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June 18, 2021 9:52 PM   Subscribe

From the Los Angeles Review Of Books comes a long read in three parts by Michael Nava: Creating A Literary Culture: A Short, Selective, and Incomplete History of LGBT Publishing. Part I - Out from the Shadows: Beginning, 1940–1980, Part II - The Golden Age (1980–1995), Part III - Picking Up the Pieces: Queer Publishing Now
I titled this essay creating a literary culture. By literary culture, I mean a community of writers, readers, publishers, critics, scholars, and all the other component parts who speak about, to, and from a specific vantage point — whether that position is racial, ethnic, gendered, geographic, or cultural — to describe their experience of the world and of human existence. By creating, I mean that this essay describes only the first steps that LGBTQ people took to articulate their experience and existence. The expansion of that community is ongoing and much broader than the gay and lesbian writers involved in its emergence. That story — of trans and nonbinary people, of bisexual people and the evolution of queer — is yet to be told, and I leave it to more informed voices than mine. This is only part of the story, the part of the story I lived through and participated in. A trail of breadcrumbs for future readers, writers, and scholars to follow to uncover one of the most important literary movements of the last century.
posted by hippybear (5 comments total) 16 users marked this as a favorite
 
The second episode doesn’t get at the whole situation with the publishers. By the mid-90s, most publishers were eliminating the “midlist” — authors who could be counted on to sell maybe 1-2000 copies in hardcover, which was kind of a break even point. A lot of reliable but not particularly popular authors and genres got pruned pretty heavily across the board.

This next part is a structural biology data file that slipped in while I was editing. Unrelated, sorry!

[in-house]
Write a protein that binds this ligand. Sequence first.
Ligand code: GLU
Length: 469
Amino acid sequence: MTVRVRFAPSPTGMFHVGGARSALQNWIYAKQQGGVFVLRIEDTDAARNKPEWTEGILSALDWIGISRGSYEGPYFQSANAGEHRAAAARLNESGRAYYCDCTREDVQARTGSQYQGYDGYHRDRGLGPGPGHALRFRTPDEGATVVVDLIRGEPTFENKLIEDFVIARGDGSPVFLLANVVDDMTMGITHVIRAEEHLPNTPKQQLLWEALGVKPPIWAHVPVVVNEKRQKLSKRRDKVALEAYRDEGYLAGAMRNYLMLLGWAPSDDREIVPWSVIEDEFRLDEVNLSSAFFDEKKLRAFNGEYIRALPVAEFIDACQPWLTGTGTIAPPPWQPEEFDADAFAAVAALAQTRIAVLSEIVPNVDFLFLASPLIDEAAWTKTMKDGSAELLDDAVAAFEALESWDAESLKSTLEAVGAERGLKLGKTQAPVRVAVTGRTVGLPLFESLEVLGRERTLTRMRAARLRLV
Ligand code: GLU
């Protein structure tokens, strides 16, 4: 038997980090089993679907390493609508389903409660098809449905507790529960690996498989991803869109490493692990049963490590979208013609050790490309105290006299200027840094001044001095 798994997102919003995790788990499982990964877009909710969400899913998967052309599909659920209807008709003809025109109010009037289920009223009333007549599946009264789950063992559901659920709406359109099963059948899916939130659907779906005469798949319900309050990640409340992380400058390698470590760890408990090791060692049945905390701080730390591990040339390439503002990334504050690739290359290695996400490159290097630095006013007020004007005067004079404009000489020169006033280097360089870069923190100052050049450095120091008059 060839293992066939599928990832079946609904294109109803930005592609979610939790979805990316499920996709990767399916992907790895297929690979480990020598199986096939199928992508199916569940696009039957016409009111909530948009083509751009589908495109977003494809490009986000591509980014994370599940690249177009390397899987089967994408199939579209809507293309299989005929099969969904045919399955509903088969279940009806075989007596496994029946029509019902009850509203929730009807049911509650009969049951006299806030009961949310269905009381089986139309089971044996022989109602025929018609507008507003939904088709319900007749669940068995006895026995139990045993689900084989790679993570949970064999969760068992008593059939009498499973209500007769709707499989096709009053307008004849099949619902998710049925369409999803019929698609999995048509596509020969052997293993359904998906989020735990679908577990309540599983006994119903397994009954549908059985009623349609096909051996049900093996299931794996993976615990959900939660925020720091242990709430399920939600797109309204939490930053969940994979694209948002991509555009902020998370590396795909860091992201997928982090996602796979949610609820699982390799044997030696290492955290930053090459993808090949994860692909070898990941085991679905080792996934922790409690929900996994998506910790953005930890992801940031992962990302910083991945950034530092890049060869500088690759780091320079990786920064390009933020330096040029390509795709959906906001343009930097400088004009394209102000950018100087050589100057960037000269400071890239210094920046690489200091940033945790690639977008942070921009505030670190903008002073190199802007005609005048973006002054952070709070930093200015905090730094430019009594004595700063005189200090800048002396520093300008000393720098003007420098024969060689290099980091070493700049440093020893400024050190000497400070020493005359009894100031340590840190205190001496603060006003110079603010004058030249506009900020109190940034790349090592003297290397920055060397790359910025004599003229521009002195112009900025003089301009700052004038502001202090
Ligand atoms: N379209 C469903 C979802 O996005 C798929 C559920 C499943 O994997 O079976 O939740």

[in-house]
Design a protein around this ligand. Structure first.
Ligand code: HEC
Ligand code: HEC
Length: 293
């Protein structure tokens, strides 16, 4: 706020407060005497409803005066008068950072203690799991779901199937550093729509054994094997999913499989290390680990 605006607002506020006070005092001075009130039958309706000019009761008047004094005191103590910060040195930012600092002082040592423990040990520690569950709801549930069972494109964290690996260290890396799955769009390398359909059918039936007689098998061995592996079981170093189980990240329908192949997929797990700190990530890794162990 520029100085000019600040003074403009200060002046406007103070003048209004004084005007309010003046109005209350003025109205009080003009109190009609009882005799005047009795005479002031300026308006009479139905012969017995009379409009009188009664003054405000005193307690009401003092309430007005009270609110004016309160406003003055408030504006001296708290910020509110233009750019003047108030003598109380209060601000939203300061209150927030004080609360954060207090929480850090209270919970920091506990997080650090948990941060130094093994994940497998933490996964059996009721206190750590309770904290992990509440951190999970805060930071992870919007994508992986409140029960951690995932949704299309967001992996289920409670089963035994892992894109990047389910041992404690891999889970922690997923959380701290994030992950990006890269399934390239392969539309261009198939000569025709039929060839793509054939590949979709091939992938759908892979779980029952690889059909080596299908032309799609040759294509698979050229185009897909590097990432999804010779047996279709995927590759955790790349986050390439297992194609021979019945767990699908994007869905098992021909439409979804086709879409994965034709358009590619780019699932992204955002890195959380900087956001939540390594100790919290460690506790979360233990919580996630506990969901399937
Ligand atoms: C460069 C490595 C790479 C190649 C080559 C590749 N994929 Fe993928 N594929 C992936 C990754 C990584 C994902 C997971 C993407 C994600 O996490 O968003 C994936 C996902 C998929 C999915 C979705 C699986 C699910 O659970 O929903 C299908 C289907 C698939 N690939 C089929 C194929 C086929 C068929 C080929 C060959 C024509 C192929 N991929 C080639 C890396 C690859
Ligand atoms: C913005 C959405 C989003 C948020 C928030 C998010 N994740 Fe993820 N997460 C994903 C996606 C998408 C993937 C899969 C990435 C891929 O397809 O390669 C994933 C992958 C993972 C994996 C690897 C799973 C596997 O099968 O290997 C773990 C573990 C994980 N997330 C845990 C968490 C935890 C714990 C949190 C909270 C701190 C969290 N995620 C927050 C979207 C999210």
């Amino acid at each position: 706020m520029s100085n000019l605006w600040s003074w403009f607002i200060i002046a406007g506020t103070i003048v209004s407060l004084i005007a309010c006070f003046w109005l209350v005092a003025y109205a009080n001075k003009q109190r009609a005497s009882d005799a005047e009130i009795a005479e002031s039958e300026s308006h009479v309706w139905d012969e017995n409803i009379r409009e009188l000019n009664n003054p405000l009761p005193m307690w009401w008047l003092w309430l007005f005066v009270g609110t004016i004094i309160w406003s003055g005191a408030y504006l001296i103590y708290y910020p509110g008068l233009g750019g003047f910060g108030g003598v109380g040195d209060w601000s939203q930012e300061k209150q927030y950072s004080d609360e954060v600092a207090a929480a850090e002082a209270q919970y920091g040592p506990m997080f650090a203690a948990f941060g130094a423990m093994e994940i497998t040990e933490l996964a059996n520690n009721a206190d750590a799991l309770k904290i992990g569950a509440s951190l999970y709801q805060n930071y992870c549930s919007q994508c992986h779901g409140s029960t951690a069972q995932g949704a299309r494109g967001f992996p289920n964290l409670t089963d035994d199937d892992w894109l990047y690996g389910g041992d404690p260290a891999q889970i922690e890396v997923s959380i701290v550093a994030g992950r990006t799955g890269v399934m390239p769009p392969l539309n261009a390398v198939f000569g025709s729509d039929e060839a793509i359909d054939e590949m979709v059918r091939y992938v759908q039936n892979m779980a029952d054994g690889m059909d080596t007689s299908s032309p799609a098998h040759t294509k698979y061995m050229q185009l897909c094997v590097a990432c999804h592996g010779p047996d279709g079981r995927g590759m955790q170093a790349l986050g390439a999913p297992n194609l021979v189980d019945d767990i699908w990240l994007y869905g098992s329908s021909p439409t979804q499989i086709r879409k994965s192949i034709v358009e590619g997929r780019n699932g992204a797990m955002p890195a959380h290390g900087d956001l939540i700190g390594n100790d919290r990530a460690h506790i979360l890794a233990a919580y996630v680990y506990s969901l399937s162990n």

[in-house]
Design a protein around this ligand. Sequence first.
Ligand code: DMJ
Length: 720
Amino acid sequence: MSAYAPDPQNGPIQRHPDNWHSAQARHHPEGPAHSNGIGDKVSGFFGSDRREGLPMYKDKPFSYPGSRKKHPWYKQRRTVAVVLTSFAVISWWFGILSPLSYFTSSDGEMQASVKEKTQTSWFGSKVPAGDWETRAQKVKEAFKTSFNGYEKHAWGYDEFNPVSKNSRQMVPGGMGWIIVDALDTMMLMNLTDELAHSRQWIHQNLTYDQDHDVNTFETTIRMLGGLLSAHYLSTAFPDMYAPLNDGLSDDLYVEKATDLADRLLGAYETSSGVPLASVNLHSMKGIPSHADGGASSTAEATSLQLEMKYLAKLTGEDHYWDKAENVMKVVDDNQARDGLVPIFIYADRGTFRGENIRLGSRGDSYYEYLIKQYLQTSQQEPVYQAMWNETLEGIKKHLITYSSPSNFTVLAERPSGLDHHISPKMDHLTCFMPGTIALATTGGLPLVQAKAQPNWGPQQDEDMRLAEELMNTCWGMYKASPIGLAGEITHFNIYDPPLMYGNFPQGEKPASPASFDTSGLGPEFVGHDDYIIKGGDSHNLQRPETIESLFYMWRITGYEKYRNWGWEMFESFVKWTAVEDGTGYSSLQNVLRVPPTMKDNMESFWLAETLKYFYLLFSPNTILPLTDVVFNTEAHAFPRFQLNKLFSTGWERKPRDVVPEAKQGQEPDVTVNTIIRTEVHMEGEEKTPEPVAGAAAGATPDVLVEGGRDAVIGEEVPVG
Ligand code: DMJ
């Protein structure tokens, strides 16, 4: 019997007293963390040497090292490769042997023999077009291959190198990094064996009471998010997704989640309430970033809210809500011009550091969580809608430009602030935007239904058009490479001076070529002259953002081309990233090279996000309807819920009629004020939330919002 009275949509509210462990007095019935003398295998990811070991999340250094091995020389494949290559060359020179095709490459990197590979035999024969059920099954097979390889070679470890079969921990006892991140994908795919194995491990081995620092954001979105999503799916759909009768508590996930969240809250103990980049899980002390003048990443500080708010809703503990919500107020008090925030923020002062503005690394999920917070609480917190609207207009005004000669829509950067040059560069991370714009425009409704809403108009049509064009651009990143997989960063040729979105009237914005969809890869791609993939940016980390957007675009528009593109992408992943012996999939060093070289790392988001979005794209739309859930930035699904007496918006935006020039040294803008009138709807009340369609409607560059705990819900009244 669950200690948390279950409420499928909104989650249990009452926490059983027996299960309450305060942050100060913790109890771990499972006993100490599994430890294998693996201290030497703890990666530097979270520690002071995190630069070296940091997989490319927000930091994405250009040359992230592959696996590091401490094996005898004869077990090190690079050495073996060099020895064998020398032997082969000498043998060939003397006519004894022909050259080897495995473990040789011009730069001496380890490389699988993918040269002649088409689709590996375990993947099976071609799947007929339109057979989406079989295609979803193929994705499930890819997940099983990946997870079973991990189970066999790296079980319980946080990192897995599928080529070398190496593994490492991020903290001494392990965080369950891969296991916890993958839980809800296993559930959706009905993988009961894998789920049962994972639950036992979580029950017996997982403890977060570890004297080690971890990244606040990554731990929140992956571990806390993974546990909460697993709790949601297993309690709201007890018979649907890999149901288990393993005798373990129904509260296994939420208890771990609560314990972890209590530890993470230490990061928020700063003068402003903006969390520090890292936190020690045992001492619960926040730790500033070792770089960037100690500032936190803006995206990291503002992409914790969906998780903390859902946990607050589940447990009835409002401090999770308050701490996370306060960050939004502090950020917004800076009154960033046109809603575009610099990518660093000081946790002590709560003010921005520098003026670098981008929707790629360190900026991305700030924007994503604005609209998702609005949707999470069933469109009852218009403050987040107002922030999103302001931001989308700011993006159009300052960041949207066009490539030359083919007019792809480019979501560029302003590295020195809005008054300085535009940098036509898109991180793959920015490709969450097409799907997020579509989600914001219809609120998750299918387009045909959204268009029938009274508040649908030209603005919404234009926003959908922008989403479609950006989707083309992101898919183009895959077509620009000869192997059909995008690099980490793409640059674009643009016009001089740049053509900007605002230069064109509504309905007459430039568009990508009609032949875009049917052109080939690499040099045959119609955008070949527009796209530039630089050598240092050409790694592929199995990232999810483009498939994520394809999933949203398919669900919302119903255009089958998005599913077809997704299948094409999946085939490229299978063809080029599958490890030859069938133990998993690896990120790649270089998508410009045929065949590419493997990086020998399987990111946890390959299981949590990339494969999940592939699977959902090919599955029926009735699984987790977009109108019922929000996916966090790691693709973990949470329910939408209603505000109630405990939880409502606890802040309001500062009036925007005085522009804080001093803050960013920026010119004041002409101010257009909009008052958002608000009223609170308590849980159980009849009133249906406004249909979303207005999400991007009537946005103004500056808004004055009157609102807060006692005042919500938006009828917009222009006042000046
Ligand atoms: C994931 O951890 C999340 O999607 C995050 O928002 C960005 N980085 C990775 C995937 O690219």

posted by GenjiandProust at 11:05 AM on June 19 [1 favorite]


Thanks for posting this, hippybear! I’ve enjoyed seeing all your pride month posts, but this one is particularly up my alley, as I read all of Nava’s Henry Rios novels during quarantine and have been getting interested in fiction and publishing.
posted by Zephyrial at 11:57 AM on June 19


But I don't think Nava's wrong about the fleeting interest in gay-themed books. This also happened with a flourishing in the 1980s of women detective stories following on the success of Sara Paretsky, Marcia Muller, and Sue Grafton. By the 90s, it was over except for few who had made it big. That was not only because they were midlist, it was the end of a fad instead of a commitment. I think there's a lot of fickleness in the publishing industry when it comes to imagining an audience that isn't white and straight.

I read the Henry Rios mysteries back in the day and enjoyed them. I was pleased to see him pick the series up again in 2019 and just discovered there's a new one out this year.
posted by zenzenobia at 1:03 PM on June 19 [1 favorite]


But I don't think Nava's wrong about the fleeting interest in gay-themed books.

No, but there was a huge disinvestment during the 90s of marginal authors of all sorts. Exacerbated by the usual bigotry, and the unwillingness of some chain stores to carry LGBT+ stuff. Add to that the gutting of small specialty bookstores across the decade, and entire markets just disappeared. Speaking as someone who was a bookseller at the time, selling a lot of marginal material including queer porn and not-porn.
posted by GenjiandProust at 2:40 PM on June 19 [1 favorite]


I haven't read the essays, but I want to both thank hippybear for his dedicated queer posting this month and say I have a distinct soft spot for Michael Nava--when I was figuring out I was trans, I read, oh, every queer book in the Berkeley Public Library that I could find and I think I read all the Henry Rios books. There's so much "gay fiction" that is just trash, but Nava's books aren't.
posted by hoyland at 6:51 AM on June 20 [4 favorites]


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